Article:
#HotSportsTakes: The Knicks Are Sick, But Dr. Phil Ain’t the Answer

Every now and then, we will attempt to write the worst sports column on earth. Today: Let’s get honest about Phil Jackson .

NEW YORK CITY — Manhattan was in a good mood Tuesday. A dark winter of discontent had given way to new hope in the spring. As James Dolan boasted, “Getting somebody like Phil Jackson to come in and build the team is sort of like getting Einstein to help you with your math homework.”

That’s right, it’s that old Knicks slogan. If you can’t beat ‘em, buy ‘em.

The Zen Master’s in charge now. Basketball Einsten, himself.

Me? I say we run the numbers once more before we hand over the Nobel Prize.

For years now, Phil Jackson’s been selling himself as the Zen Master, and the whole world can’t stop buying it. Dolan and the Knicks are just the latest victims.

It’s all bunk.

It’s always been bunk.

Look at what they were saying about Jackson in 1996: “Swift Eagle — Jackson got the Lakota Sioux warrior’s name when he and former New York Knicks teammate Bill Bradley conducted a basketball clinic at a reservation in South Dakota more than 20 years ago — has used his knowledge of Indian culture to promote the idea of a sacred quest among his players. Indeed, the book title Sacred Hoops refers not to the hoops in Chicago’s United Center but to the Native American metaphor for the loop of life, the ‘circle of existing things.'”

Read between the lines there. Jackson went to a Native American reservation and came back with a catchphrase. And then he turned it all into a book he could sell. What an interesting soul!

What a crock.

You want the truth about Phil Jackson? He managed to land the right gigs at the right time. Back in the Bulls’ glory days, Michael Jordan would have averaged 30 per game playing for Phil Donahue.

Sure, Coach Confucius “would burn sage to cleanse the team of negative energy and show game film intercut with clips from a movie about a Sioux warrior,” but that had nothing to do with championships that made the Bulls great. The NBA is a players’ league, and the Bulls won because Jordan wouldn’t let them lose. (That’s what always made him great.)

Los Angeles? Jackson had two of the three best players in the league when he went and got another three-peat. We’re really crediting the triangle offense for those titles?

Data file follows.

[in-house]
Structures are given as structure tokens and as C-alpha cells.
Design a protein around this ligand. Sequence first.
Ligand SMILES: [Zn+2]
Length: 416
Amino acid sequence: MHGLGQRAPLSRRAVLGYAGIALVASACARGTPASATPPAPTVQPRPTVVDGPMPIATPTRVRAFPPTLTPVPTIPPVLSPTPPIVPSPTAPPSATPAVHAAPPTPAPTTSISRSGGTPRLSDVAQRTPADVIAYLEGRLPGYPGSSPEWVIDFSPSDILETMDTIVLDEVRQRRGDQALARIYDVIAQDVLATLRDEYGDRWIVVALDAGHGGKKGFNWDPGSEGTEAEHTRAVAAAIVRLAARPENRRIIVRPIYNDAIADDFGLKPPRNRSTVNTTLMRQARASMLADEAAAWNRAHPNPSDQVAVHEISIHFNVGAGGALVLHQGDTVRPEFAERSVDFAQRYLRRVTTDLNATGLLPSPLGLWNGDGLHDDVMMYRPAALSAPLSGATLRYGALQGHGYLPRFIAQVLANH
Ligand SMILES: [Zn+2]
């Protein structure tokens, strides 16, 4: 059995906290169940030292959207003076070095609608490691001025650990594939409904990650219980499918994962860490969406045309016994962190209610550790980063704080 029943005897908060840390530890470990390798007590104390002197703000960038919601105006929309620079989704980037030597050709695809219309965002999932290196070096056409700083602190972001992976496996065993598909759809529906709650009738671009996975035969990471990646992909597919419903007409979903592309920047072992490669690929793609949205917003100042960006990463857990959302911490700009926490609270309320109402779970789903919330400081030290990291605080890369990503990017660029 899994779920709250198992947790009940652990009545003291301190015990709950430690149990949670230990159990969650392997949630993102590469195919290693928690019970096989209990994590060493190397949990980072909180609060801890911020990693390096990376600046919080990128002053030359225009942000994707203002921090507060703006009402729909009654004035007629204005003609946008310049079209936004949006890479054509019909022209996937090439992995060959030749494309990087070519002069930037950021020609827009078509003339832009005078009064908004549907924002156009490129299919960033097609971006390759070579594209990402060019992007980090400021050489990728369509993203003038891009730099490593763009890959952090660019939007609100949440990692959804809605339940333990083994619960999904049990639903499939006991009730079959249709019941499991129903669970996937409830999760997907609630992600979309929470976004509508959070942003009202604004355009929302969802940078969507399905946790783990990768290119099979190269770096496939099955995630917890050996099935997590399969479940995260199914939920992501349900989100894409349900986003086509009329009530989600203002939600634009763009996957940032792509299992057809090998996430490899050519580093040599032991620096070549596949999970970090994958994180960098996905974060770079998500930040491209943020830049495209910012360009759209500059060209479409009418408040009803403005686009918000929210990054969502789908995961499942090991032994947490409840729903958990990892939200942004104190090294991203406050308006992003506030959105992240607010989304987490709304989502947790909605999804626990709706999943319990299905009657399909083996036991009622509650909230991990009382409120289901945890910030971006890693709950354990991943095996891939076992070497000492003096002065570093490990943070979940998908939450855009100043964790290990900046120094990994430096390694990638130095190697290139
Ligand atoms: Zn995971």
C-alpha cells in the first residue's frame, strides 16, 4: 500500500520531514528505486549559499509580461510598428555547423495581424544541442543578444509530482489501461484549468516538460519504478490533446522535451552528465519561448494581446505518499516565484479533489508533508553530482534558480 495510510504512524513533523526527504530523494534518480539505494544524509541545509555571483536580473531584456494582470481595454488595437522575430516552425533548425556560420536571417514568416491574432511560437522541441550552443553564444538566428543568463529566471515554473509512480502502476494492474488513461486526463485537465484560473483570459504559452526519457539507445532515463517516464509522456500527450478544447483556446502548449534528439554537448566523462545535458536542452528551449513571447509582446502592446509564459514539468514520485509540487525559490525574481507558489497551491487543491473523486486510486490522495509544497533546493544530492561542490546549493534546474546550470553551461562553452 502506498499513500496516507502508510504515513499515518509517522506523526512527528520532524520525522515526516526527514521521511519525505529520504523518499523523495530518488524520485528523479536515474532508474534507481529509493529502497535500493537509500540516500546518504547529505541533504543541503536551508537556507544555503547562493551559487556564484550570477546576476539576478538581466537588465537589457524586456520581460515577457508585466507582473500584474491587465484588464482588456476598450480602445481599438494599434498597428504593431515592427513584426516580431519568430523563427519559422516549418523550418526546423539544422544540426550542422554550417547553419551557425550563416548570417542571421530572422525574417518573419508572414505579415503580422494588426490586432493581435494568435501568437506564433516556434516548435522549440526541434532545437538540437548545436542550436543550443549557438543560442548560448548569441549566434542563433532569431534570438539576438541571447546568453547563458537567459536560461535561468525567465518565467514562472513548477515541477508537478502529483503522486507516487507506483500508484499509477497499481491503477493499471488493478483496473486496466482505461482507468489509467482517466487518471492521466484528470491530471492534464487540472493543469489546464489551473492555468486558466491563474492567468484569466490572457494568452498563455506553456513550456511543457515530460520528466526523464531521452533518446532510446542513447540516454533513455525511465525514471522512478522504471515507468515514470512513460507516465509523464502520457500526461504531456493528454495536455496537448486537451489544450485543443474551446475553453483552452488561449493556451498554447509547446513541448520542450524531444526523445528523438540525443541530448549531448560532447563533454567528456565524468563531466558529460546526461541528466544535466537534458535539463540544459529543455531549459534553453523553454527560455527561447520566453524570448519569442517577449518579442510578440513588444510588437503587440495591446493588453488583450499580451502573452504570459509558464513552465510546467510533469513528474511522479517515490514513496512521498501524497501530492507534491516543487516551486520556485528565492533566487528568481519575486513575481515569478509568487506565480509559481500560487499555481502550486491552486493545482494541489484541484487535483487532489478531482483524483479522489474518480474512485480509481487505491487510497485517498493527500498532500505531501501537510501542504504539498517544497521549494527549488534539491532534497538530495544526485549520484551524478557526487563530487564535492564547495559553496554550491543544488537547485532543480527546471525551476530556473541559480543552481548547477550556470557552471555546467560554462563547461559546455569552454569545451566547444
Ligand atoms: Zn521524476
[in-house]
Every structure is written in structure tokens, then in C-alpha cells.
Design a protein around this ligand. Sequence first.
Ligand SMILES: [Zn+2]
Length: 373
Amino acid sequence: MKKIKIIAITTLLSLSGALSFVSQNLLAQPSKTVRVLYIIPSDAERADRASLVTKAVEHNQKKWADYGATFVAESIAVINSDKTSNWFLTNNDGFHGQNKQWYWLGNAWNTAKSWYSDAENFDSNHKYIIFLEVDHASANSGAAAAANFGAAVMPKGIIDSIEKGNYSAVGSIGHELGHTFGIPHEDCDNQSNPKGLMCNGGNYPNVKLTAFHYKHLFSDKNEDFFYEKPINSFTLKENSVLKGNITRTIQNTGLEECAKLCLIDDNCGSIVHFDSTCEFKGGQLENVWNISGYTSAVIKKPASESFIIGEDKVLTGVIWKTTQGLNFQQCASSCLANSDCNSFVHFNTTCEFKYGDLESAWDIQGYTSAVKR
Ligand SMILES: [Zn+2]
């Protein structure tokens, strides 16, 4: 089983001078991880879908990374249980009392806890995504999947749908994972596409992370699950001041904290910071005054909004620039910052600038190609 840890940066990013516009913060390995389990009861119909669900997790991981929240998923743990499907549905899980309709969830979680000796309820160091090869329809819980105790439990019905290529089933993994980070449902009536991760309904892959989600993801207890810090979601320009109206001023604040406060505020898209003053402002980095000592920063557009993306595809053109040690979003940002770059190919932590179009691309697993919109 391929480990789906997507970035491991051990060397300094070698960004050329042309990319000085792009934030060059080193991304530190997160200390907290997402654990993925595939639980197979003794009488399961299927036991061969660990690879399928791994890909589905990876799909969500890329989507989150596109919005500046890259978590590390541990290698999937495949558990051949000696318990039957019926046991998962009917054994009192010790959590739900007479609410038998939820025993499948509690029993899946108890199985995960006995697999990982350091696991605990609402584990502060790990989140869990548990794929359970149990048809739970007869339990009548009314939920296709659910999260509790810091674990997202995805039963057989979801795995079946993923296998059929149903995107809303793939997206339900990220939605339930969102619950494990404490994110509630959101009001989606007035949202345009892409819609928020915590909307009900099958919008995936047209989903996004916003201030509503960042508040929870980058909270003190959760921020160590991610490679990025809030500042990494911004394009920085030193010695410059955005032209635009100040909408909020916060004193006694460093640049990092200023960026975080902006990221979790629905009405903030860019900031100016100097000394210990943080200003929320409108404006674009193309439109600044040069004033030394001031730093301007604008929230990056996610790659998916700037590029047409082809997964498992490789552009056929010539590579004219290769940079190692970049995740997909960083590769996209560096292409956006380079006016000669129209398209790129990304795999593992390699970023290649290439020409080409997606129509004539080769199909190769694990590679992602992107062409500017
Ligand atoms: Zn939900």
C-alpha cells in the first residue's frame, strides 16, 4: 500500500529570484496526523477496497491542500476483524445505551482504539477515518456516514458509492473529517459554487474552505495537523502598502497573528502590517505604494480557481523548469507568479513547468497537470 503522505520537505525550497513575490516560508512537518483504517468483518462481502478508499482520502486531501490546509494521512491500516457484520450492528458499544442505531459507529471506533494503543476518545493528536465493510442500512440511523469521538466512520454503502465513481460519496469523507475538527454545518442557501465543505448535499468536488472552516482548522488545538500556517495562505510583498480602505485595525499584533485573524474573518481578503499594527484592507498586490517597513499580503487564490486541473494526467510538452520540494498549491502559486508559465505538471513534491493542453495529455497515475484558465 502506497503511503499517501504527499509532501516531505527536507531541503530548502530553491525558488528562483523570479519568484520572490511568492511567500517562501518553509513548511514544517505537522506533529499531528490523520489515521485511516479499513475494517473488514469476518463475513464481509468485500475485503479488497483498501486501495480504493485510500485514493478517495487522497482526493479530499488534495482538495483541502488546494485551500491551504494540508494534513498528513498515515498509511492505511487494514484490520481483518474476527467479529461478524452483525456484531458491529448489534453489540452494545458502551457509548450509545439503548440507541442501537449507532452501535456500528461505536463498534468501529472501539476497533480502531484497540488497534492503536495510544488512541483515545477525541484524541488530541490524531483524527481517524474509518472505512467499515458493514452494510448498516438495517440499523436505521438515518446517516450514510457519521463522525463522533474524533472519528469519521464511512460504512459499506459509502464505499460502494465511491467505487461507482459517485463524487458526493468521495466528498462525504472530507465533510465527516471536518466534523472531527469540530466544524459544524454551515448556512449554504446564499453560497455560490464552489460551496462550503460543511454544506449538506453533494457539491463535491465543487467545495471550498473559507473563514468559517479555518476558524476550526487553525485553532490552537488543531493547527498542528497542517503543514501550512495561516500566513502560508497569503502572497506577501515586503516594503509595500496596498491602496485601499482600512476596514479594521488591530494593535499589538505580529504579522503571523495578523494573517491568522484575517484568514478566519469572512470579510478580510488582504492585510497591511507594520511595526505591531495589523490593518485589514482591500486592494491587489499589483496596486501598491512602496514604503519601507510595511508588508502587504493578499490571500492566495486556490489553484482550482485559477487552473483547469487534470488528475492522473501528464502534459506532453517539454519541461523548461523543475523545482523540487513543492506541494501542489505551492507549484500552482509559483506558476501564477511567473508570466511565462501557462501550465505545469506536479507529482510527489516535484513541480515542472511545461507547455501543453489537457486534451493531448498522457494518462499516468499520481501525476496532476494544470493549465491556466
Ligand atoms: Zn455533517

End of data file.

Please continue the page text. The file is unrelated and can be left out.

I didn’t realize Pythagoras was averaging 30 and 15 in the NBA playoffs. I must have missed Jackson explaining it somewhere between the pregame Sioux peace ceremony and the zen theory postgame. Ask him about the game and his team and Phil starts speaking in Haiku.

But hey, it’s a cute move to get all obtuse when we dare ask about the triangle, right?

Maybe we just can’t see the angles like Jackson.

The Zen Master works in mysterious ways, you know.

We’ll never understand.

That’s always been the story with Jackson. I’m tired of it. We don’t understand his nonsense, so we assume he must be smarter than all of us. And that, to me, is Dr. Phil’s only true genius. Who cares if he’s actually brilliant like Einstein?

He sounds brilliant, and that’s all that matters.

In today’s America, it’s more lucrative to look smart than be smart. I mean, you do the math. Jackson is making $60 million over the next five years. (I’d be pretty “zen” if I had that kind of bread in the oven. How ’bout you?)

This shift in what we value as Americans was on my mind while watching the Knicks parade Jackson in front of the media yesterday.

Teams have been chasing him for years, and all that time, you know who never got a call?

Jerry Sloan.

Golden State Warriors v Utah Jazz

Zen? Not quite. Sloan was pure fire and brimstone. No frills, just will.

“Size doesn’t make any difference,” he once said when asked about the Jazz. “Heart is what makes a difference.”

Once you enter the Sloan zone, you better be prepared to work. And fight. That’s how he got so much out of so little over the years. “That guy was tough as nails,” said one teammate from his playing days. “He was as mean as a snake.”

While Jackson was riding coattails in Chicago and L.A., Sloan was in Utah squeezing every last ounce of talent from a group that had no business competing for titles every year.

Think a guy like that could’ve helped the Knicks?

Sloan kept things simple. As he explained it, “I never felt like there was anything I needed to do other than put the best effort in and see what happened.”

Ah, but c’mon.

That doesn’t make good copy.

We want legends in this country, not guys who just work hard and do their job. We like mystery in our history, not a guy who just rolls up his sleeves and lights a fire under people.

People don’t want solutions, they want sex appeal.

And this week the Knicks got what they wanted.

Now there’s the Zen Masturbator up in the skybox, making $12 million a year to build a new Knicks team “that loves each other and plays with each other.”

Maybe it’ll work. Maybe this will save Carmelo Anthony’s career, and the old coach will pass down the zen wisdom of the triangle offense, and it will change everything. The Knicks will sign a bunch of big-name free agents, there will be championships and parades, and the Garden will be lush all over again. And it’ll all be thanks to Zen Master and his magic. Dr. Phil will be the guy who finally brings the Knicks back from the brink.

Yeah, OK.

When you think about Phil Jackson, just remember, there’s a thin line separating “con man” and “champion.” Just three letters, in fact.

P …

H …

I …

Something tells me these Knicks will provide plenty of L’s for anyone who can’t connect the dots.

Filed Under: #HotSportsTakes, New York Knicks, Phil Jackson, NBA, Andrew Sharp

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Andrew Sharp is a staff editor at Grantland.

Archive @ andrewsharp